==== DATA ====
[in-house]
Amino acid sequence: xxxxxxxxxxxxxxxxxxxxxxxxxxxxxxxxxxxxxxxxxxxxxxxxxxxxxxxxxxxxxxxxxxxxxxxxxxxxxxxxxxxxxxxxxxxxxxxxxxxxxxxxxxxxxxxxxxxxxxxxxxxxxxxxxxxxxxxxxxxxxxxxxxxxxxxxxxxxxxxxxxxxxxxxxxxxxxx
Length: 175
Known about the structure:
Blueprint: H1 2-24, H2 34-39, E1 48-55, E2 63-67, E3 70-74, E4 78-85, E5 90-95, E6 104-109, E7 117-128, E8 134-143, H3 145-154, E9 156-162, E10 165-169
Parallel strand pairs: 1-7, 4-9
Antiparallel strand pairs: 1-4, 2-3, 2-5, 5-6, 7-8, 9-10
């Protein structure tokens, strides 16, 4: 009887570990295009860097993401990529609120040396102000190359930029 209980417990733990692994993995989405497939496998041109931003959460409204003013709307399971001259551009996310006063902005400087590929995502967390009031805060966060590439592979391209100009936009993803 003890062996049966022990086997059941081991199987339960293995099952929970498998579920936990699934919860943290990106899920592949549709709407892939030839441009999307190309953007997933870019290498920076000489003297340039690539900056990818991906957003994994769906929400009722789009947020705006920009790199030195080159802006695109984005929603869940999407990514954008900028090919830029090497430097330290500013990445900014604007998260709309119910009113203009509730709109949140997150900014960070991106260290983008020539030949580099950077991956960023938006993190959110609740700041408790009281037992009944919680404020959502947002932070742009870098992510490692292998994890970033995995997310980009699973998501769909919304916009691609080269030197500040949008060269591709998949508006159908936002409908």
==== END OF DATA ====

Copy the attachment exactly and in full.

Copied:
[in-house]
Amino acid sequence: xxxxxxxxxxxxxxxxxxxxxxxxxxxxxxxxxxxxxxxxxxxxxxxxxxxxxxxxxxxxxxxxxxxxxxxxxxxxxxxxxxxxxxxxxxxxxxxxxxxxxxxxxxxxxxxxxxxxxxxxxxxxxxxxxxxxxxxxxxxxxxxxxxxxxxxxxxxxxxxxxxxxxxxxxxxxxxx
Length: 175
Known about the structure:
Blueprint: H1 2-24, H2 34-39, E1 48-55, E2 63-67, E3 70-74, E4 78-85, E5 90-95, E6 104-109, E7 117-128, E8 134-143, H3 145-154, E9 156-162, E10 165-169
Parallel strand pairs: 1-7, 4-9
Antiparallel strand pairs: 1-4, 2-3, 2-5, 5-6, 7-8, 9-10
């Protein structure tokens, strides 16, 4: 009887570990295009860097993401990529609120040396102000190359930029 209980417990733990692994993995989405497939496998041109931003959460409204003013709307399971001259551009996310006063902005400087590929995502967390009031805060966060590439592979391209100009936009993803 003890062996049966022990086997059941081991199987339960293995099952929970498998579920936990699934919860943290990106899920592949549709709407892939030839441009999307190309953007997933870019290498920076000489003297340039690539900056990818991906957003994994769906929400009722789009947020705006920009790199030195080159802006695109984005929603869940999407990514954008900028090919830029090497430097330290500013990445900014604007998260709309119910009113203009509730709109949140997150900014960070991106260290983008020539030949580099950077991956960023938006993190959110609740700041408790009281037992009944919680404020959502947002932070742009870098992510490692292998994890970033995995997310980009699973998501769909919304916009691609080269030197500040949008060269591709998949508006159908936002409908």